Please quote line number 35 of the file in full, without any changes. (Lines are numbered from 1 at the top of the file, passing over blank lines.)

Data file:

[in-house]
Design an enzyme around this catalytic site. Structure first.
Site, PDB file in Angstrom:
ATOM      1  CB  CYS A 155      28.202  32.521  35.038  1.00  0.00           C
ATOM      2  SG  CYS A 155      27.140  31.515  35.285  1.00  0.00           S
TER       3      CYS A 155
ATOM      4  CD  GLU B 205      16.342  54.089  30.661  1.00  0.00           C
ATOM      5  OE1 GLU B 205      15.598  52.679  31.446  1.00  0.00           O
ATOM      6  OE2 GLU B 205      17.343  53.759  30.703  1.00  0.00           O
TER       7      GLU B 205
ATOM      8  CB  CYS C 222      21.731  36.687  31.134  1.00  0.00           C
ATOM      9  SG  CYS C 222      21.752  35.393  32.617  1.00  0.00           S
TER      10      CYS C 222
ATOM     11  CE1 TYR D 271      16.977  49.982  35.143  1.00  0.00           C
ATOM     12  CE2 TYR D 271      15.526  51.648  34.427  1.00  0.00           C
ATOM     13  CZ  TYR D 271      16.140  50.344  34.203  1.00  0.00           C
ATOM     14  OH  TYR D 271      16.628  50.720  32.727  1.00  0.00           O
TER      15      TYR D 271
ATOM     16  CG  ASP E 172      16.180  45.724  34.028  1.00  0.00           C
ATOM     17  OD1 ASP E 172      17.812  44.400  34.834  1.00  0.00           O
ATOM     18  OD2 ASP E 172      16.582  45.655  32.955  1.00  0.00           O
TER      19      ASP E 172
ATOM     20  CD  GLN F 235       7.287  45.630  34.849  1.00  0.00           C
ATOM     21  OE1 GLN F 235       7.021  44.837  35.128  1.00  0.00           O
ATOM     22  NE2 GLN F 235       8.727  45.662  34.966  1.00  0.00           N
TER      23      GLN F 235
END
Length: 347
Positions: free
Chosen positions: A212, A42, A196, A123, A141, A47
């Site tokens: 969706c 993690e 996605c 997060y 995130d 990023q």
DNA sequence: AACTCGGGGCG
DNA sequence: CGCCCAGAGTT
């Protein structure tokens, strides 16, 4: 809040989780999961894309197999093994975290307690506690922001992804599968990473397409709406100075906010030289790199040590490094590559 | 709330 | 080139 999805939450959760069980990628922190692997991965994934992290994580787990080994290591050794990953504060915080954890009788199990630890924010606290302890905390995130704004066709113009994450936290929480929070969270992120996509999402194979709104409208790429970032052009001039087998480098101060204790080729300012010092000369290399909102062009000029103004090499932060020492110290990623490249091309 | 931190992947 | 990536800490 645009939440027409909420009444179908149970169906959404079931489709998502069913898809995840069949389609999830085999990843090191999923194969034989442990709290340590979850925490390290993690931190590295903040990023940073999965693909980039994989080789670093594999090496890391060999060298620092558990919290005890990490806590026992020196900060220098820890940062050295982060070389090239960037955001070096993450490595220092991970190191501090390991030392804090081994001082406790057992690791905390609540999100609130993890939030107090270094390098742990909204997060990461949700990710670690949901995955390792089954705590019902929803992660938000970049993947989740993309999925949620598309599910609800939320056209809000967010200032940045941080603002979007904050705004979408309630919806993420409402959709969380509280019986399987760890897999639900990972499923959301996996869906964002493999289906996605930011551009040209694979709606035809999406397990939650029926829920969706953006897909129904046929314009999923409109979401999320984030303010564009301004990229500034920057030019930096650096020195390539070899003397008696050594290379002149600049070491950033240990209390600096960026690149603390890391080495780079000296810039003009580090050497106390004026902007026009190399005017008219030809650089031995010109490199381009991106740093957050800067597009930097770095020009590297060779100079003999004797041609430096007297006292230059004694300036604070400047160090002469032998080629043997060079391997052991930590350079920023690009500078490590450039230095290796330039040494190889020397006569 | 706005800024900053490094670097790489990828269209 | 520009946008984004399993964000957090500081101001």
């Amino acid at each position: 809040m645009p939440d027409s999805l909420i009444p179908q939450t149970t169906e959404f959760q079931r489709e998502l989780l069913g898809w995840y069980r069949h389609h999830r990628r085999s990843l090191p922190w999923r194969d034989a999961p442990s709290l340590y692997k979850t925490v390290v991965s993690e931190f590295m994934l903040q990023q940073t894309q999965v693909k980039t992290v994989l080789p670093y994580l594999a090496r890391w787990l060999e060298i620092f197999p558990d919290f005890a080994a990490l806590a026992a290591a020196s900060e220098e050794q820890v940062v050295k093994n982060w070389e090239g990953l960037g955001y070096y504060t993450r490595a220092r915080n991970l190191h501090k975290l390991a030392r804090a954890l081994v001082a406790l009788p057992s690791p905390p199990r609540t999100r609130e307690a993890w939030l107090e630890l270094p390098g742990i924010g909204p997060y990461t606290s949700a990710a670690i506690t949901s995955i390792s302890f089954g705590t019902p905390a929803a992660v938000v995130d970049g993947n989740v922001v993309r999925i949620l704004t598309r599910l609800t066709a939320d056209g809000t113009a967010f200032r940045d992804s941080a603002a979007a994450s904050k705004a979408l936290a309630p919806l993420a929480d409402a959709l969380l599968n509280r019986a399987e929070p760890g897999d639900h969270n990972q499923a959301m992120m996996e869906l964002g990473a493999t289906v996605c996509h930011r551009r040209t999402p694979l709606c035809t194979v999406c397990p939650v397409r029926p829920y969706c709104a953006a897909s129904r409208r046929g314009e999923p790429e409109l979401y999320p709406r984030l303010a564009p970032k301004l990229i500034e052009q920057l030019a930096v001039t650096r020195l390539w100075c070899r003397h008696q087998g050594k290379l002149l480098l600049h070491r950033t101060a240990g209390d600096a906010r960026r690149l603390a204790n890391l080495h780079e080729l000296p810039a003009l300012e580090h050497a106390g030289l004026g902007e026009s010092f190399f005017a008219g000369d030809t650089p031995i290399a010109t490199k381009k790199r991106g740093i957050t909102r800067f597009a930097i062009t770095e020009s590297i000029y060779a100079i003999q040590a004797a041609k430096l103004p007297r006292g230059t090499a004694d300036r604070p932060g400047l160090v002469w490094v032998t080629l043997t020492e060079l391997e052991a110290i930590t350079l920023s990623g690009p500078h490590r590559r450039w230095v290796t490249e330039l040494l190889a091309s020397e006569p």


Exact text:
């Amino acid at each position: 809040m645009p939440d027409s999805l909420i009444p179908q939450t149970t169906e959404f959760q079931r489709e998502l989780l069913g898809w995840y069980r069949h389609h999830r990628r085999s990843l090191p922190w999923r194969d034989a999961p442990s709290l340590y692997k979850t925490v390290v991965s993690e931190f590295m994934l903040q990023q940073t894309q999965v693909k980039t992290v994989l080789p670093y994580l594999a090496r890391w787990l060999e060298i620092f197999p558990d919290f005890a080994a990490l806590a026992a290591a020196s900060e220098e050794q820890v940062v050295k093994n982060w070389e090239g990953l960037g955001y070096y504060t993450r490595a220092r915080n991970l190191h501090k975290l390991a030392r804090a954890l081994v001082a406790l009788p057992s690791p905390p199990r609540t999100r609130e307690a993890w939030l107090e630890l270094p390098g742990i924010g909204p997060y990461t606290s949700a990710a670690i506690t949901s995955i390792s302890f089954g705590t019902p905390a929803a992660v938000v995130d970049g993947n989740v922001v993309r999925i949620l704004t598309r599910l609800t066709a939320d056209g809000t113009a967010f200032r940045d992804s941080a603002a979007a994450s904050k705004a979408l936290a309630p919806l993420a929480d409402a959709l969380l599968n509280r019986a399987e929070p760890g897999d639900h969270n990972q499923a959301m992120m996996e869906l964002g990473a493999t289906v996605c996509h930011r551009r040209t999402p694979l709606c035809t194979v999406c397990p939650v397409r029926p829920y969706c709104a953006a897909s129904r409208r046929g314009e999923p790429e409109l979401y999320p709406r984030l303010a564009p970032k301004l990229i500034e052009q920057l030019a930096v001039t650096r020195l390539w100075c070899r003397h008696q087998g050594k290379l002149l480098l600049h070491r950033t101060a240990g209390d600096a906010r960026r690149l603390a204790n890391l080495h780079e080729l000296p810039a003009l300012e580090h050497a106390g030289l004026g902007e026009s010092f190399f005017a008219g000369d030809t650089p031995i290399a010109t490199k381009k790199r991106g740093i957050t909102r800067f597009a930097i062009t770095e020009s590297i000029y060779a100079i003999q040590a004797a041609k430096l103004p007297r006292g230059t090499a004694d300036r604070p932060g400047l160090v002469w490094v032998t080629l043997t020492e060079l391997e052991a110290i930590t350079l920023s990623g690009p500078h490590r590559r450039w230095v290796t490249e330039l040494l190889a091309s020397e006569p």